A brief critique
Even as a work of fiction, The Water Horse gets several things terribly wrong:
But the movie does get a few things right:
The Water Horse has some nice scenery and CGI effects. (Given how overcast Loch Ness usually is, I presume the scenery is also a CGI effect.) But it's mediocre compared to such classics as Lassie, Babe, or The Black Stallion. Rob's rating: a generous 7.0 of 10.
Why it's relevant
I bring up the movie here because of an interesting coincidence. In Nessie lore, the Glasgow Evening News in 1896 claimed there were centuries of sightings. Some of the sightings were allegedly mentioned in Daniel Defoe's three-volume A tour thro' the Whole Island of Great Britain (1724-1726).
I haven't seen that book, but Ronald Binns, author of The Loch Ness Mystery Solved, has. Binns says Defoe traveled the length of Loch Ness but didn't report any sightings or rumors of sightings. The Glasgow Evening News was wrong.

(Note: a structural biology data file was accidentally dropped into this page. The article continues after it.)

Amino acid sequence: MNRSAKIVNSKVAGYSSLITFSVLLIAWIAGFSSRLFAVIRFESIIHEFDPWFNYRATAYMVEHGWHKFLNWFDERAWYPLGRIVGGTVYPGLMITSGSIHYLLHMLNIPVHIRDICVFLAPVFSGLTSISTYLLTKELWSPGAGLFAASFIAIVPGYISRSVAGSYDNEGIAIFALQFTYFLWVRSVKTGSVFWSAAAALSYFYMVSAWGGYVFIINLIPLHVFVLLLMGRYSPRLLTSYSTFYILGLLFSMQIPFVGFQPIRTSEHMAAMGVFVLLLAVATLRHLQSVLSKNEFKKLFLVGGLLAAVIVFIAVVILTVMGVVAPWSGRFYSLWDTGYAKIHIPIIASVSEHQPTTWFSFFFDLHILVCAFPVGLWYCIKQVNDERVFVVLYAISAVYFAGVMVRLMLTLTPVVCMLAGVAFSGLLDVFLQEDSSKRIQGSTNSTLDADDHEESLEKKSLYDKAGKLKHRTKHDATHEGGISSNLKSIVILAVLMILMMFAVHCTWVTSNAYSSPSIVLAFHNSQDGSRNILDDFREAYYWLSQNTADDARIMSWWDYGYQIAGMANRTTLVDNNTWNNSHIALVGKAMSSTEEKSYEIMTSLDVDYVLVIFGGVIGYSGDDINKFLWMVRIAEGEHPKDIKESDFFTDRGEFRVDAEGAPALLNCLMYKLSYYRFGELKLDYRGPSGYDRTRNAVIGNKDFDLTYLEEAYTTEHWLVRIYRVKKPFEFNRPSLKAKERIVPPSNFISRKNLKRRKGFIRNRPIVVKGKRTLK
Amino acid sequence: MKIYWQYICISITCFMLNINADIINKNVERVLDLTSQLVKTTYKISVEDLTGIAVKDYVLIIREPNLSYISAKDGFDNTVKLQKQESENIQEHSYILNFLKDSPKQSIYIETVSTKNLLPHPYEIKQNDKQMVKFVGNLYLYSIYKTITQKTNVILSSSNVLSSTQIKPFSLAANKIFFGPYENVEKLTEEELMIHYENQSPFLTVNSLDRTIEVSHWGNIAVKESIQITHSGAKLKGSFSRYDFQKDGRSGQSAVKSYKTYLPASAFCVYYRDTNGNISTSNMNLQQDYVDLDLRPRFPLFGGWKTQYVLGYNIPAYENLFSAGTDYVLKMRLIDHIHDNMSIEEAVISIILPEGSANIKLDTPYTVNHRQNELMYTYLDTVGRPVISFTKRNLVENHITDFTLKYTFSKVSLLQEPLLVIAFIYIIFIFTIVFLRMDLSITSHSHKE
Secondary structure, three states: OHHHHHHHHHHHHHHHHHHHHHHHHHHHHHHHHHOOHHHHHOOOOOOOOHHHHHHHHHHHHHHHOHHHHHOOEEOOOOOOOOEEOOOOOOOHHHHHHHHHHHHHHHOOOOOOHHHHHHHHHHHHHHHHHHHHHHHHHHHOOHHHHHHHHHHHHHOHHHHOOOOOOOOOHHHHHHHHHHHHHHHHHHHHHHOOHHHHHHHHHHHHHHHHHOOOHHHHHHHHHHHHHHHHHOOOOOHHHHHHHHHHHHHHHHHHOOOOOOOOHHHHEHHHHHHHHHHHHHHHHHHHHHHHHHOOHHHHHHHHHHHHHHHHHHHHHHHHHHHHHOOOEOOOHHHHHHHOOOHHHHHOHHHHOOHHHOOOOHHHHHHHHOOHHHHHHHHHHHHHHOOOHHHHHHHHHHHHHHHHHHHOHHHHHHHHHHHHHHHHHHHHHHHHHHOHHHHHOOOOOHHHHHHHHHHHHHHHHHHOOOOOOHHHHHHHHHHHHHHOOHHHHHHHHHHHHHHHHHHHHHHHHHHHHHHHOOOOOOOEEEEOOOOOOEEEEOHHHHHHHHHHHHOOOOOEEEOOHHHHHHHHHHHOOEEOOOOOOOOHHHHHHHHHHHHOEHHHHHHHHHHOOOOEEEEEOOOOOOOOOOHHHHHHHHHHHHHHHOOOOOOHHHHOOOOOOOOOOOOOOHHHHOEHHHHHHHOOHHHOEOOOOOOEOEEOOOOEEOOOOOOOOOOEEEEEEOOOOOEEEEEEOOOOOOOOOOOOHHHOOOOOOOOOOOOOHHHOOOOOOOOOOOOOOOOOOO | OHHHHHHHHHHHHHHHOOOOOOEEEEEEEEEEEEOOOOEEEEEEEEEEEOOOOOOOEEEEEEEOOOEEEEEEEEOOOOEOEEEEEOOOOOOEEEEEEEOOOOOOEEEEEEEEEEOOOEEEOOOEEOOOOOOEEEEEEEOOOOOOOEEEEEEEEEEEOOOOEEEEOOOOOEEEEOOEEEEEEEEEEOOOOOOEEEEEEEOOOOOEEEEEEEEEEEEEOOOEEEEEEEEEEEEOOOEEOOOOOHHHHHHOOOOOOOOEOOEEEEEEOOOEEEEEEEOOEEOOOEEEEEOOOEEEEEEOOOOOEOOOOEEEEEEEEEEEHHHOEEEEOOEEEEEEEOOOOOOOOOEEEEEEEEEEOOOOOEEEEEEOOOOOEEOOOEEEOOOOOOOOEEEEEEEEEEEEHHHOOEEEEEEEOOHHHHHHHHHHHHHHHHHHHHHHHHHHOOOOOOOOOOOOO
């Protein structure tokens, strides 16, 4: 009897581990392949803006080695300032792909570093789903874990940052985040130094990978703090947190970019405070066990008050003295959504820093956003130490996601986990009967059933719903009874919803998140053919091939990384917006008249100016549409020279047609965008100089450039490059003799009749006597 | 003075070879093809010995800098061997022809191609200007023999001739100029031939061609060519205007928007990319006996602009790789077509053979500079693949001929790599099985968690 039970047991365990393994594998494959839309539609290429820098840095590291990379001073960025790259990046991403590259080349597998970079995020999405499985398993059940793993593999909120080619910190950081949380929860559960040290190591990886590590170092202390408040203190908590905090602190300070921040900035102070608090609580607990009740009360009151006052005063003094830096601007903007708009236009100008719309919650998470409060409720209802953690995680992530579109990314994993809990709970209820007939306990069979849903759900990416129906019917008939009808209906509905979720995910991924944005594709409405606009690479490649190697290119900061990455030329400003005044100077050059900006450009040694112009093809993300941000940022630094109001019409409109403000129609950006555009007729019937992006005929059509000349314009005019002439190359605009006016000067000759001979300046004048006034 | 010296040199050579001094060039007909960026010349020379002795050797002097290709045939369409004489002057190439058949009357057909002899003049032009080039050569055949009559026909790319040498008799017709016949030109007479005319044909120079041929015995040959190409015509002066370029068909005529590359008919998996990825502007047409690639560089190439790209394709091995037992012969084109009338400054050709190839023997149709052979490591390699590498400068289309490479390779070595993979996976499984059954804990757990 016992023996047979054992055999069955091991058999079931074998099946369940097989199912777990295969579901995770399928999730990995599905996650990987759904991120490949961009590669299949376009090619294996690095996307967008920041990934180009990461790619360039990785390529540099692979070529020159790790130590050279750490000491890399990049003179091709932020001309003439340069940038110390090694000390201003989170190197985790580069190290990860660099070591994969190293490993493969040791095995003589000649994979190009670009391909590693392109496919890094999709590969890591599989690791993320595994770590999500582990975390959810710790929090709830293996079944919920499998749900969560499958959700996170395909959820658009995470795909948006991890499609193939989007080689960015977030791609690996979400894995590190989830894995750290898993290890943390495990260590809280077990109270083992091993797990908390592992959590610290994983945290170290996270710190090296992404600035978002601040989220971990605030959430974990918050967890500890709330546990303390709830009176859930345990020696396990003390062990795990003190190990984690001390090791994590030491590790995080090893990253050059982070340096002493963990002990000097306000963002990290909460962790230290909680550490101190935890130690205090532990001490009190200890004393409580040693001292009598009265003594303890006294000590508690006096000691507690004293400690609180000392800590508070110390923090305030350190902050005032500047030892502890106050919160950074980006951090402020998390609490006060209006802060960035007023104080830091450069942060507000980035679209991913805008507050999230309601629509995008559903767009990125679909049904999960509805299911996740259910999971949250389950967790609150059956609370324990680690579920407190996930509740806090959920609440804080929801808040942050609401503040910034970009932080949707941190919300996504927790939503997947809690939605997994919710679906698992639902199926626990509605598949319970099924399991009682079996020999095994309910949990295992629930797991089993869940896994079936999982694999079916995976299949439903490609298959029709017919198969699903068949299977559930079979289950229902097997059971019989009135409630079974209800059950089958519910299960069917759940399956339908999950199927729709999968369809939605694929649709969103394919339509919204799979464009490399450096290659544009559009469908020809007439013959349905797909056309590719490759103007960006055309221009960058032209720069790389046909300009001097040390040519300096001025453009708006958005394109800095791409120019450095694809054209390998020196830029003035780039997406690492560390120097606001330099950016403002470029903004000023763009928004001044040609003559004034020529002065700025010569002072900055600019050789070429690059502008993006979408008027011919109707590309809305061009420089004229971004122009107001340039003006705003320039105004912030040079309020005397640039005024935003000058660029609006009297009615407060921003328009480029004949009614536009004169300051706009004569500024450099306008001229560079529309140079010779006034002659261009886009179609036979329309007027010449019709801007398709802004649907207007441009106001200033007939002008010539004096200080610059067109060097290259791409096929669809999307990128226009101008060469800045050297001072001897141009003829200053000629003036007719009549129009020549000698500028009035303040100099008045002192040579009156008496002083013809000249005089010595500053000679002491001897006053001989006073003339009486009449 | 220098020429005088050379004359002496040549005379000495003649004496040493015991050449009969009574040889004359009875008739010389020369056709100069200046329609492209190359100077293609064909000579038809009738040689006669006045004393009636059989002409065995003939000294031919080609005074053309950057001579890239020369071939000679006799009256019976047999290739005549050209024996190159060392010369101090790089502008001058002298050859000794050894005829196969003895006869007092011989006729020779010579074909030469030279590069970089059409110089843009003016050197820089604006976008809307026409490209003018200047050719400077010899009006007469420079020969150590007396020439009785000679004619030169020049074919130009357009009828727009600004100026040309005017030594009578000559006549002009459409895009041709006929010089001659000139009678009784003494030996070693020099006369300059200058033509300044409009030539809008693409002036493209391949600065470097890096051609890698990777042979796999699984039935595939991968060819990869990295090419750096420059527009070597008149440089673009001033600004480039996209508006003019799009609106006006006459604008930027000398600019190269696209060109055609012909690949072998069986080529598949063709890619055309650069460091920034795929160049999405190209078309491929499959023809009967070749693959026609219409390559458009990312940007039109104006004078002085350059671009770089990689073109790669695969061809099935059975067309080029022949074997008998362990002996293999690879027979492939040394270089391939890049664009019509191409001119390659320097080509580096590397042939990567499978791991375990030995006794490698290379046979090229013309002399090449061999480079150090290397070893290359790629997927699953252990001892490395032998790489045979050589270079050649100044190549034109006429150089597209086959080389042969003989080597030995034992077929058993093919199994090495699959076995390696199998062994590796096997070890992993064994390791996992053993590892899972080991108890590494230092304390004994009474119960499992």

But while searching for a name for his creature, the boy in The Water Horse spots a copy of Defoe's Robinson Crusoe in his shed. He decides to name the creature Crusoe--I guess because it's lost and alone like the title character.
So Defoe was a seeker of knowledge about Great Britain. He also wrote about Crusoe's adventures with Indians and other non-Western people. Defoe wasn't a source for the Loch Ness legend, but was a source for the savage Indian stereotype.
As a child, I loved Robinson Crusoe and the Loch Ness Monster...as well as ancient civilizations, UFOs, and other mysteries. Now I'm following in Defoe's footsteps, sort of. Seeking knowledge...writing about Indians and other non-Western people...and dispelling Defoe's Native stereotypes. That's a whole conflux of coincidences.
P.S. I used to think the evidence was pretty good that there was something to the Loch Ness mystery. But Binn makes a persuasive case to the contrary, alas. Most of the sightings and photographs are mistakes or phonies, he believes.